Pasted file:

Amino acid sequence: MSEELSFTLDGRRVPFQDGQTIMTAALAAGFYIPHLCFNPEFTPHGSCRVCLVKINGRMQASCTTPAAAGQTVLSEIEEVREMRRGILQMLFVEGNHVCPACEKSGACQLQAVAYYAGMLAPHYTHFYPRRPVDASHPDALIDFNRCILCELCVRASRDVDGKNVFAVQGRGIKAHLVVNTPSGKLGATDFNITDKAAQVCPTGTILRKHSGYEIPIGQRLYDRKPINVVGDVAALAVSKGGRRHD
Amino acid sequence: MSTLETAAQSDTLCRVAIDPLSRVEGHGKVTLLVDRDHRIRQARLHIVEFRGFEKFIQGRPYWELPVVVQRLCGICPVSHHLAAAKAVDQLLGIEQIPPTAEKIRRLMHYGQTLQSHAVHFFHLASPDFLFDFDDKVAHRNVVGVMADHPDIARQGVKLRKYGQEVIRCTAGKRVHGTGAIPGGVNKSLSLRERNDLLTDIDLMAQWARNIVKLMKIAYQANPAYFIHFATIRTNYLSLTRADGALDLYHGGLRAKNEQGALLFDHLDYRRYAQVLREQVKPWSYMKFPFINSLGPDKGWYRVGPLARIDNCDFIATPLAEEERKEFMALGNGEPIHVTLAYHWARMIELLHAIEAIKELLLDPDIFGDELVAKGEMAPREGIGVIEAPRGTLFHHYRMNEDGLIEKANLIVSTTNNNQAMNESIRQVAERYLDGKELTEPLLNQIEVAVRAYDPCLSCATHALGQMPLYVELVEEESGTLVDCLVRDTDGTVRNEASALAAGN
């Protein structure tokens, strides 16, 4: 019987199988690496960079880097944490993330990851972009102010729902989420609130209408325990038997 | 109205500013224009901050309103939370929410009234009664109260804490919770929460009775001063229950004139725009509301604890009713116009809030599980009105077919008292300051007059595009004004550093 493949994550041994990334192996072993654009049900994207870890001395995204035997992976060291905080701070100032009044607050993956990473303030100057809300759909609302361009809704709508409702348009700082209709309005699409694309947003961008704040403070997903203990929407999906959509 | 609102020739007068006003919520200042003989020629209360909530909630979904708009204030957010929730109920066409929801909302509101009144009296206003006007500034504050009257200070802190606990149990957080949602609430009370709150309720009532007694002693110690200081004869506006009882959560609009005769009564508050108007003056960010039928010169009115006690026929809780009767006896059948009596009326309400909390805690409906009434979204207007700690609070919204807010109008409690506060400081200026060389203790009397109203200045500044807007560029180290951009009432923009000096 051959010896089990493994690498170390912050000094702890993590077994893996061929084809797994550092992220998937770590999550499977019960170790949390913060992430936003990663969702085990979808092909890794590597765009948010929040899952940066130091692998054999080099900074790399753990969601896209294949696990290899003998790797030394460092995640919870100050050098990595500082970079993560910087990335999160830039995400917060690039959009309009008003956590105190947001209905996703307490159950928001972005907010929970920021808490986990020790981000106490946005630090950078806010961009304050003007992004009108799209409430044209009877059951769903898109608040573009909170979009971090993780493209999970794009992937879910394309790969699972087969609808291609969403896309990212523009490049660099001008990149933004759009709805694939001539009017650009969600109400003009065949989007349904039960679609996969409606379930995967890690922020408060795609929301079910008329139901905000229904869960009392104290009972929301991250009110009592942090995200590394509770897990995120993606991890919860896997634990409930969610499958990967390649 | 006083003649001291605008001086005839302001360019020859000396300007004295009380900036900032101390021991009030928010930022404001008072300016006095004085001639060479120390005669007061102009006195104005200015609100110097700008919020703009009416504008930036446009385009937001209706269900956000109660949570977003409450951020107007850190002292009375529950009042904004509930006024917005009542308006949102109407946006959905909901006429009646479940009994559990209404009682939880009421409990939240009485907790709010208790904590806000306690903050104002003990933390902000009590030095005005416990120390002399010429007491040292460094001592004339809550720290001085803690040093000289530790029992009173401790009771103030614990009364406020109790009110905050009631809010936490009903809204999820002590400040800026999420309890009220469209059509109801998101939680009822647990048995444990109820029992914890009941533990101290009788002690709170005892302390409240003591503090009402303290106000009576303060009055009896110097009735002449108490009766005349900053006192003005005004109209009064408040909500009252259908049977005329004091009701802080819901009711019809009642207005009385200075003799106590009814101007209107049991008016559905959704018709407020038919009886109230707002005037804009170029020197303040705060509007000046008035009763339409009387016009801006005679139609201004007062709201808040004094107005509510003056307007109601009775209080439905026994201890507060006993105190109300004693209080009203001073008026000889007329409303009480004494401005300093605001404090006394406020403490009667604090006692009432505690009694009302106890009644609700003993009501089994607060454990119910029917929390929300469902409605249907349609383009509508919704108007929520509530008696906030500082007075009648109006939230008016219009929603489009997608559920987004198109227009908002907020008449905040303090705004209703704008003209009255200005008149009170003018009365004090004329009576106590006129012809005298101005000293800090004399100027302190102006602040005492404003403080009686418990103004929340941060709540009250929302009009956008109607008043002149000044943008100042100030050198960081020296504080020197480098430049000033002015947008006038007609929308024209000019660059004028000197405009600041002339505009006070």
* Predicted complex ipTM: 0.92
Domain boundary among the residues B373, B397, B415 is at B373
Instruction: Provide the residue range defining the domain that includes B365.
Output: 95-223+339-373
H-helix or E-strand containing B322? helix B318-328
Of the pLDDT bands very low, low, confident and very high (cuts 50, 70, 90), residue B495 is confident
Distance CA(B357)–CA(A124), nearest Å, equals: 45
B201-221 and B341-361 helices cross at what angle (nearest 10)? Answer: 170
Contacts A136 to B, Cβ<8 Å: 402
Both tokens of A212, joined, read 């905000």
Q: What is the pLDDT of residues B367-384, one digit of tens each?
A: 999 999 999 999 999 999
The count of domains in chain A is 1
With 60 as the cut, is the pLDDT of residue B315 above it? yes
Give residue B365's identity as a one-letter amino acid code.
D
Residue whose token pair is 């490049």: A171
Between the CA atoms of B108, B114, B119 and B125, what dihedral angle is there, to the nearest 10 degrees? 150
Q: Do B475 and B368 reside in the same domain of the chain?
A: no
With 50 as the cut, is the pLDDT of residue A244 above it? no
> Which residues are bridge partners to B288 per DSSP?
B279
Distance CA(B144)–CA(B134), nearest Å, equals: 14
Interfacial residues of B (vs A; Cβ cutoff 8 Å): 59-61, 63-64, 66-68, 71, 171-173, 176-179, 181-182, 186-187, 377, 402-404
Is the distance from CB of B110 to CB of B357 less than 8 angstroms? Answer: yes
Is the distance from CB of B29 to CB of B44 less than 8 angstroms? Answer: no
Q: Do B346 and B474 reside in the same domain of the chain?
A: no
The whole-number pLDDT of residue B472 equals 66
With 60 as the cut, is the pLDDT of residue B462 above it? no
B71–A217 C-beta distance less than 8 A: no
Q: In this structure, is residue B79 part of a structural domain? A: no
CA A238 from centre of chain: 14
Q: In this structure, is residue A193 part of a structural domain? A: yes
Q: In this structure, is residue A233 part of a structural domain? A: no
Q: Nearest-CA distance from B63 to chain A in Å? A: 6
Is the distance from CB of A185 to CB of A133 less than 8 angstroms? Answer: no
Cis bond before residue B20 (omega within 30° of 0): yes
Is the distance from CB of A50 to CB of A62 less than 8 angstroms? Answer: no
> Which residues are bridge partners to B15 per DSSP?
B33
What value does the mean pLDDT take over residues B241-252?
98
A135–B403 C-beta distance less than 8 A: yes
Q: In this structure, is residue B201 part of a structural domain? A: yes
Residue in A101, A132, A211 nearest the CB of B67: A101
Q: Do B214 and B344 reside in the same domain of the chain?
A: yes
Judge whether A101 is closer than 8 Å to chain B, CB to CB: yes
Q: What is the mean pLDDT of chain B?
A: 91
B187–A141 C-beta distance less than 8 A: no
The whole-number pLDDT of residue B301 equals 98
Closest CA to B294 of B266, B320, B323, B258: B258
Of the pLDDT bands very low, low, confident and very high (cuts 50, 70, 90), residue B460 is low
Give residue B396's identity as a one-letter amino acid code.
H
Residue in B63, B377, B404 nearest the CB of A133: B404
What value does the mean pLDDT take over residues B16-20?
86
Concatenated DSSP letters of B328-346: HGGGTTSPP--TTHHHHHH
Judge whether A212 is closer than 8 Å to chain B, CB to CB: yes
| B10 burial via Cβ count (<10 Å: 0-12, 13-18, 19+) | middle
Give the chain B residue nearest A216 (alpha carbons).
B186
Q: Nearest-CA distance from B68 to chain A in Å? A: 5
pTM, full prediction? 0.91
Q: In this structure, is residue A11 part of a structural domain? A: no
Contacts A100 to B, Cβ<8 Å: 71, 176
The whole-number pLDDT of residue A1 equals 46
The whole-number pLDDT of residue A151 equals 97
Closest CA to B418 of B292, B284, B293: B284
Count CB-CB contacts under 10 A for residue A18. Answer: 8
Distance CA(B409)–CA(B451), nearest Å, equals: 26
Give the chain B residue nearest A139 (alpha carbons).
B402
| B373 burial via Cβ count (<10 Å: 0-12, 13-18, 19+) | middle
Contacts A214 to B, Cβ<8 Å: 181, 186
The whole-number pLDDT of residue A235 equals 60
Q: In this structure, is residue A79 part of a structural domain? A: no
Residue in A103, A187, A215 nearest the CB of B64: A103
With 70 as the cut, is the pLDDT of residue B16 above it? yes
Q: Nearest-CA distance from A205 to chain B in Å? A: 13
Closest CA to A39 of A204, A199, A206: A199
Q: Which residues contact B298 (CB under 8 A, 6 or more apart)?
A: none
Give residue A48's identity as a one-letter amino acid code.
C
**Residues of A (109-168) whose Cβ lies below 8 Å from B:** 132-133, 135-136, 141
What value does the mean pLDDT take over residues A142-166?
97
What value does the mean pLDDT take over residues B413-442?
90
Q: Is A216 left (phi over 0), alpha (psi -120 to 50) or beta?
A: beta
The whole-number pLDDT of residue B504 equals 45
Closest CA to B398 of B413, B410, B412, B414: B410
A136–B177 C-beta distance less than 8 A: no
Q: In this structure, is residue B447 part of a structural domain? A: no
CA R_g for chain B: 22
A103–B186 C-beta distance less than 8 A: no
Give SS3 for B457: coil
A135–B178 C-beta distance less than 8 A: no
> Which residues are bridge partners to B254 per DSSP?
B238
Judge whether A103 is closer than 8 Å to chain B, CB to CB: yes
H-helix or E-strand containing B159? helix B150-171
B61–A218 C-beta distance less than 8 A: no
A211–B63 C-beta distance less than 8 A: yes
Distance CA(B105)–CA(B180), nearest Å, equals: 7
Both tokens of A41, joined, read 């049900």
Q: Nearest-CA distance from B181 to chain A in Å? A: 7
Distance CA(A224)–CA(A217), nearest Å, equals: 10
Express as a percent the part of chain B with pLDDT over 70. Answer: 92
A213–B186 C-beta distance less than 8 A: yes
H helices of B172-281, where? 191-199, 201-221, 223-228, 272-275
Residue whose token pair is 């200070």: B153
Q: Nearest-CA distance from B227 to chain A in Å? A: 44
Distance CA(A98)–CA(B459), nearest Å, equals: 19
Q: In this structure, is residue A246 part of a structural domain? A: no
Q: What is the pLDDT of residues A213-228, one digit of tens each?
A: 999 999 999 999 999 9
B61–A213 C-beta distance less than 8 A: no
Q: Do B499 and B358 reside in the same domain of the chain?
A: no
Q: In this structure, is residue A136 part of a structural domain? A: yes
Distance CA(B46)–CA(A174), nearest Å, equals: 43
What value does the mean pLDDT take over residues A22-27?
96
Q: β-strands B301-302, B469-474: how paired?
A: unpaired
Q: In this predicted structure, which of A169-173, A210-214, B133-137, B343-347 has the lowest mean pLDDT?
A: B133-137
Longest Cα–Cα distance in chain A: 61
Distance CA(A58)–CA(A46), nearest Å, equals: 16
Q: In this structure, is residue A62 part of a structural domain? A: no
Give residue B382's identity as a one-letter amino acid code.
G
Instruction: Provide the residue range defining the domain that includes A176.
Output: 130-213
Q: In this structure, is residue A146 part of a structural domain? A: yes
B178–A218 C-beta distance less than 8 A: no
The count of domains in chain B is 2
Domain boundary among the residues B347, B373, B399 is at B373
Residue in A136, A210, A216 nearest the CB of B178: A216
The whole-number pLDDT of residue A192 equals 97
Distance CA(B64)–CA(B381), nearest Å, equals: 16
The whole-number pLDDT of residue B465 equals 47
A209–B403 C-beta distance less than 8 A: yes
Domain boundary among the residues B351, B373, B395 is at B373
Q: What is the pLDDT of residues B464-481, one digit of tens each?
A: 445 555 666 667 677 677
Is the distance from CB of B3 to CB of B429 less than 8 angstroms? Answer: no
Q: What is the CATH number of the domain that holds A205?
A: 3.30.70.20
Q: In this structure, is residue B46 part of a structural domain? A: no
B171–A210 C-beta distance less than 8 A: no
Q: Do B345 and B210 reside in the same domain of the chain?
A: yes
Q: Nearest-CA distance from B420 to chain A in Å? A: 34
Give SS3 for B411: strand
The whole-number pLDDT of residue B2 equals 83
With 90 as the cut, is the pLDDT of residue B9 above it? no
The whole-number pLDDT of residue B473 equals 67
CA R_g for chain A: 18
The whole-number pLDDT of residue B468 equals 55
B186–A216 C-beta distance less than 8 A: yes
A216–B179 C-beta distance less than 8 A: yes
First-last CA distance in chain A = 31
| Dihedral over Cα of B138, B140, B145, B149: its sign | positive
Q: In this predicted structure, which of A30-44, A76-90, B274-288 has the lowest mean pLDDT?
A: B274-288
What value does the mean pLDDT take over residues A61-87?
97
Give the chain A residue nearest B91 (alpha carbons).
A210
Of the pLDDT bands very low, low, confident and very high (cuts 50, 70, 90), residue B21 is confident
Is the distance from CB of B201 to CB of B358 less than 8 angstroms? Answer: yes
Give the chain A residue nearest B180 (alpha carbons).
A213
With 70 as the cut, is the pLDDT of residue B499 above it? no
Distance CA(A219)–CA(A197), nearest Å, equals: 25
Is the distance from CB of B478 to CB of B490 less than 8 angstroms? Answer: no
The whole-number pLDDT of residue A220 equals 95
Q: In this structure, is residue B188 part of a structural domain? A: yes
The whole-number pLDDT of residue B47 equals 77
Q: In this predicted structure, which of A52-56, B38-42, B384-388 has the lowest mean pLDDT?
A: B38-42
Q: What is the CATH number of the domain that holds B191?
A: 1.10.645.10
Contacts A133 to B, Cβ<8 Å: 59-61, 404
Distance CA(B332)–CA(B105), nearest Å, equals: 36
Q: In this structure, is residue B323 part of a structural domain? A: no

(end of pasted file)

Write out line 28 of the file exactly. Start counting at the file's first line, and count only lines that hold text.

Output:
Interfacial residues of B (vs A; Cβ cutoff 8 Å): 59-61, 63-64, 66-68, 71, 171-173, 176-179, 181-182, 186-187, 377, 402-404